THE World Food Programme (WFP) in Tanzania has received a contribution amounting to US dollars 500, 000 (about 1.2bn/) from the Japanese government for food assistance to 204, 000 refugees from Burundi and the Democratic Republic of Congo (DRC) residing in Kigoma camps in the country.
Ambassador of Japan to Tanzania, Yasushi Misawa handed over the donation to the WFP Country Director and Representative, Sarah Gordon-Gibson.
When handing over the donation at his residence in Dar es Salaam, Ambassador Misawa said his country is a strong supporter of the philanthropic organisation worldwide.
He said Japan is grateful of its role in responding to needs of the vulnerable populations.
“Recently, I got honoured to present my credentials to President Samia Suluhu Hassan and I am pleased to assist Tanzania, where necessary. I am certain that the assistance will meet the urgent food needs of the vulnerable displaced people at a time of rapidly rising commodity prices and other significant challenges. Our government has been providing humanitarian assistances to developing countries since 1968 and it is a long partner of WFP in Tanzania,” he stated.
Highlighting on the Tokyo International Conference on African Development (TICAD) 8th meeting which was held a week ago in Tunis and whereby Tanzania was represented by Prime Minister Kassim Majaliwa, noted that it was a multilateral platform for the UN and other international organisations to mobilise global support for Africa’s development.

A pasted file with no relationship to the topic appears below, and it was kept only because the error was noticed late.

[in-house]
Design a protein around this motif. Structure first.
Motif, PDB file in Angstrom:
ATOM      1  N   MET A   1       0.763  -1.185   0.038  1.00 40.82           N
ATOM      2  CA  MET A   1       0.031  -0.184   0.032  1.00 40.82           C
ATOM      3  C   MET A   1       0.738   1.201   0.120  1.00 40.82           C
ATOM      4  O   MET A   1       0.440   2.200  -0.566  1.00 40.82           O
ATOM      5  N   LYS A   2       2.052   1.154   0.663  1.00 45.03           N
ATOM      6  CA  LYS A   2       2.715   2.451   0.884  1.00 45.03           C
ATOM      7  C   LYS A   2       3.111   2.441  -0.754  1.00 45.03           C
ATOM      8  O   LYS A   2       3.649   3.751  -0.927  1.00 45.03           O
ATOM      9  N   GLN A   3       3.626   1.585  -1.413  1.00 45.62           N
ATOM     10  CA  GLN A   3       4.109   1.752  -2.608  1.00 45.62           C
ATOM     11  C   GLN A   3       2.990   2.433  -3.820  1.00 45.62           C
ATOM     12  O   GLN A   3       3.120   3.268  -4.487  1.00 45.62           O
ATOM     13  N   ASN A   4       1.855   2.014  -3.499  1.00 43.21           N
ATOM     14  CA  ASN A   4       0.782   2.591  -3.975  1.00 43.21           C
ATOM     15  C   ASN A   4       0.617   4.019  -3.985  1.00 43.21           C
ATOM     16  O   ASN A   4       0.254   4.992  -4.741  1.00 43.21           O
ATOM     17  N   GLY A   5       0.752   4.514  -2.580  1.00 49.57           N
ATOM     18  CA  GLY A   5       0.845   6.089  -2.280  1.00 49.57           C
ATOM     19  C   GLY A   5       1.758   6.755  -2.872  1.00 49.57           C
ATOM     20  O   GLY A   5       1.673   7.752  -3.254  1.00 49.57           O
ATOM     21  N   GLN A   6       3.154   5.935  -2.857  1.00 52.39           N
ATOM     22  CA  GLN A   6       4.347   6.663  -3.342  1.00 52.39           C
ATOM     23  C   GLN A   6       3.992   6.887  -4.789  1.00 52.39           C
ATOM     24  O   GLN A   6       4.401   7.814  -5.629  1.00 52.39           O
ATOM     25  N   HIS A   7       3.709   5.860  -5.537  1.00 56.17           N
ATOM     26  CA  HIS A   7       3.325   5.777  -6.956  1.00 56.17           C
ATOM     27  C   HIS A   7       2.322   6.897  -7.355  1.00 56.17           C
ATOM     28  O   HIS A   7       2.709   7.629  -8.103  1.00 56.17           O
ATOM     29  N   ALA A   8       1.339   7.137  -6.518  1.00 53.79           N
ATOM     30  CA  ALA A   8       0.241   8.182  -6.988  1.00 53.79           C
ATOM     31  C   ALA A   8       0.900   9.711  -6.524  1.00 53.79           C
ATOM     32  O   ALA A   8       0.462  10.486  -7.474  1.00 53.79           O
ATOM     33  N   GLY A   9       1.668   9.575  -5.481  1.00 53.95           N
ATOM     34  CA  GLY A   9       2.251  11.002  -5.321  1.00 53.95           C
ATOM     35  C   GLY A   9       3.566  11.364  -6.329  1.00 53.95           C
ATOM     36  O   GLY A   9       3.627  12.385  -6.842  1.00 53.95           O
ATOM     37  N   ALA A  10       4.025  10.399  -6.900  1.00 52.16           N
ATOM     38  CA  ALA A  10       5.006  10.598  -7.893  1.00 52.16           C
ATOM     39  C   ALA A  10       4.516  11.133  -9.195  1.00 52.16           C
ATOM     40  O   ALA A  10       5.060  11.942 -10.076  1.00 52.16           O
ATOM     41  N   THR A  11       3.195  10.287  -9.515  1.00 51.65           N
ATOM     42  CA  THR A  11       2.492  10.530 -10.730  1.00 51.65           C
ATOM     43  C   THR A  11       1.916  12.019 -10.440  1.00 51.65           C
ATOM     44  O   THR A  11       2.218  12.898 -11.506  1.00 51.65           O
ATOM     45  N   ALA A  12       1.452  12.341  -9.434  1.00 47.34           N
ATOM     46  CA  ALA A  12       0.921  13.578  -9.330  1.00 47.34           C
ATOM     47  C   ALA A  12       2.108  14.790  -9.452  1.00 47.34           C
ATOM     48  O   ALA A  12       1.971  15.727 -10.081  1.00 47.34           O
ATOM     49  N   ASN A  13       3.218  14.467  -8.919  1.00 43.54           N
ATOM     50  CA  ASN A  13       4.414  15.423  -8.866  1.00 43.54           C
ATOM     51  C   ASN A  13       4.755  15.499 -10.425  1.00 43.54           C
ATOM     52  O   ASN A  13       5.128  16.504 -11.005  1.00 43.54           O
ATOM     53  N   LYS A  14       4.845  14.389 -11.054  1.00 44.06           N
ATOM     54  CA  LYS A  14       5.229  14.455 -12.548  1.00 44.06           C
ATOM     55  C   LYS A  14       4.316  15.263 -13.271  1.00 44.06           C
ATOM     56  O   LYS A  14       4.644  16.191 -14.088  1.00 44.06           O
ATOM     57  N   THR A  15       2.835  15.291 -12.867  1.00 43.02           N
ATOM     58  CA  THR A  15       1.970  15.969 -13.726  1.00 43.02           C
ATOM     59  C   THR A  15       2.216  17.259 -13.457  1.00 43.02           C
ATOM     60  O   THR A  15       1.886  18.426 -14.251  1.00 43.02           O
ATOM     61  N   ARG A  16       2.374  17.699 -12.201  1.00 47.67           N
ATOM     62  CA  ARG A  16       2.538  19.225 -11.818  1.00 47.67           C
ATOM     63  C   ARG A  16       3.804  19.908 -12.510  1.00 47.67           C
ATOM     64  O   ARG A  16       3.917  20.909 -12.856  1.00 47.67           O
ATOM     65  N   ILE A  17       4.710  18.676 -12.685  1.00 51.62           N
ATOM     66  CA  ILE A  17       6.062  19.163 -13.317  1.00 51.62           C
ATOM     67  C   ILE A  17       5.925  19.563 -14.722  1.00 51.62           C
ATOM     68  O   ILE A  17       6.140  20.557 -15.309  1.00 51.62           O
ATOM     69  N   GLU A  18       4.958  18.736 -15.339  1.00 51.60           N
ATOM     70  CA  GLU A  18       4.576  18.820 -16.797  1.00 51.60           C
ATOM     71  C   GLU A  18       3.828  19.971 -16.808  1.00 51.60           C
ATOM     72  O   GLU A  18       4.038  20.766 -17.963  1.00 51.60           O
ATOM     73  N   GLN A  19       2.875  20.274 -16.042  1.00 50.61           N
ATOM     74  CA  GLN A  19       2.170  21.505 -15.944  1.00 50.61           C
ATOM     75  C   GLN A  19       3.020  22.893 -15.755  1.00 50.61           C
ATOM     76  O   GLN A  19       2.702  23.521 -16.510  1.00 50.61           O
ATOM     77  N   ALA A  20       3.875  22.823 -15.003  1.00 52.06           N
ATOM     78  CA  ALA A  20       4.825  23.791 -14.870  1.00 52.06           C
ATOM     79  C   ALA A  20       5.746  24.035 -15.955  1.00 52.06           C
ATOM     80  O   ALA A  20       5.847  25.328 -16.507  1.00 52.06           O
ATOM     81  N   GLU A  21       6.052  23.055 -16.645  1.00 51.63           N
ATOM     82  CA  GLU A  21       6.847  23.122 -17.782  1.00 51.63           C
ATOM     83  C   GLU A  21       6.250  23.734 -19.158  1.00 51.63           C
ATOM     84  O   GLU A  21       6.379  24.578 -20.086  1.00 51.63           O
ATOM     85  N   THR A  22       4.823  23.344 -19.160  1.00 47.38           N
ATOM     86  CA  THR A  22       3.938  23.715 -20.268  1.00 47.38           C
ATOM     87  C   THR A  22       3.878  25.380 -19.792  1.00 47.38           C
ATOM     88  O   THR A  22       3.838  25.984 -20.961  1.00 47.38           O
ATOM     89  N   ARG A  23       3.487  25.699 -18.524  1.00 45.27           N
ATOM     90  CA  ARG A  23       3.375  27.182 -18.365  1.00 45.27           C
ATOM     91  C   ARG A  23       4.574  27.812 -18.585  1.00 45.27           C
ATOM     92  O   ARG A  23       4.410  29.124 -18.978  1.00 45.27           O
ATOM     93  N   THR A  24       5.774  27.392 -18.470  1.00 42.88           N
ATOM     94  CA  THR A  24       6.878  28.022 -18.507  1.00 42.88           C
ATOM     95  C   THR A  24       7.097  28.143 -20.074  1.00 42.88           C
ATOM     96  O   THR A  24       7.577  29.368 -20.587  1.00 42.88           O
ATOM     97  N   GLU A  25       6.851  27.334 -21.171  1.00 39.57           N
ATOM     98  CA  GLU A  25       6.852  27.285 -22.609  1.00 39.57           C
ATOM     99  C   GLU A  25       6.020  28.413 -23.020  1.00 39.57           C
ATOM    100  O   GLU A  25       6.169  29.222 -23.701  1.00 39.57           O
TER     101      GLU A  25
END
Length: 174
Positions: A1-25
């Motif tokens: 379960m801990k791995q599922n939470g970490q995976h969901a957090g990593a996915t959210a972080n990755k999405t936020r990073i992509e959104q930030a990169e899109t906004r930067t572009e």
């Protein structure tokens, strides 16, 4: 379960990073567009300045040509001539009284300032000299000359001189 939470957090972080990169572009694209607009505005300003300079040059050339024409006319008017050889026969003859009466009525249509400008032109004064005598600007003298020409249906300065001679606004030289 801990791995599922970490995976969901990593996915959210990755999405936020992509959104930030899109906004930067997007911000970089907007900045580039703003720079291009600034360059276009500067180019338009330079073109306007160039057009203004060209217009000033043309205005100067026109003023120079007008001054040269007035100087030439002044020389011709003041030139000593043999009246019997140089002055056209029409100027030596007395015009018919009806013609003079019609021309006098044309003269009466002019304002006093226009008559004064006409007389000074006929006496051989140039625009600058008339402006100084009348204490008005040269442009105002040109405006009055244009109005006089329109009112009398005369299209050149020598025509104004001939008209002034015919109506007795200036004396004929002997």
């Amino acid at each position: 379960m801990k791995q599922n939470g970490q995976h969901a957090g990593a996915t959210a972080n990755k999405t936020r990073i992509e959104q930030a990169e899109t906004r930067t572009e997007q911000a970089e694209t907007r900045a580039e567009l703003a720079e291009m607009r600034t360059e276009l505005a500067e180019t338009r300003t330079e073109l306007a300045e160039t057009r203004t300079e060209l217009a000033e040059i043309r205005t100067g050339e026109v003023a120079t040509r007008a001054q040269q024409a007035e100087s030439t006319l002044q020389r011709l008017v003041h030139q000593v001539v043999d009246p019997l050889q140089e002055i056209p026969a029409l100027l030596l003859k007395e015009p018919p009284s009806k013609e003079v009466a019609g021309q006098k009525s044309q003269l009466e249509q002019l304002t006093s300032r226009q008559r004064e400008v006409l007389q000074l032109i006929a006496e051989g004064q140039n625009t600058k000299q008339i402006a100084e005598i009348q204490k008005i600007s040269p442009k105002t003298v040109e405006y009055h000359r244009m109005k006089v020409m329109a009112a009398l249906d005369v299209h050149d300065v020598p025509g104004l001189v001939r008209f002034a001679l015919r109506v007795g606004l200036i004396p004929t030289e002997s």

He added: “Our guiding principle has been “African ownership, international partnership, inclusivity and openness and as it was reported our Prime Minister Fumio Kishida emphasised that Japan would release US Dollars 4 billion in public and private financial contribution in promoting investment and co-financing of up to US dollars 5billion together with African Development Bank towards improving the lives of Africans.”
“On 5th July this year, the government of Japan provided some US dollars 68 million in assistance to 3 Middle East and 27 African countries including Tanzania through the WFP as part of a series of Japanese response to global food security.
“Even though we are facing various regional and global challenges affecting peace and stability in Africa, Tanzania has maintained its stability and promoted its economic growth for years, while extending support to refugees coming from neighbouring countries. We shall continue with our support, especially as Japan International Cooperation Agency (JICA) that is now celebrating its 60th anniversary of its operations in Tanzania.”
On her part, Ms Sarah noted that the contribution will be used to purchase 260 tonnes of beans locally for her organisation’s food basket, which consists of cereal, fortified wheat and soya blend with sugar known as super cereal, pulses, vegetable oil and salt.
“Sizeable funding shortages in recent years have forced WFP to reduce rations to the refugees at Nyagusu and Nduta Camps, sometimes to as little as two-thirds of their minimum daily caloric needs with ominous implications for health and wellbeing,” she added.
“WFP is grateful to Japan for this timely contribution which comes at a critical time given the challenging circumstances. It (contribution) will go a long way in investing in the Tanzanian economy through the local procurement of beans, which ultimately and quickly reach vulnerable refugee households.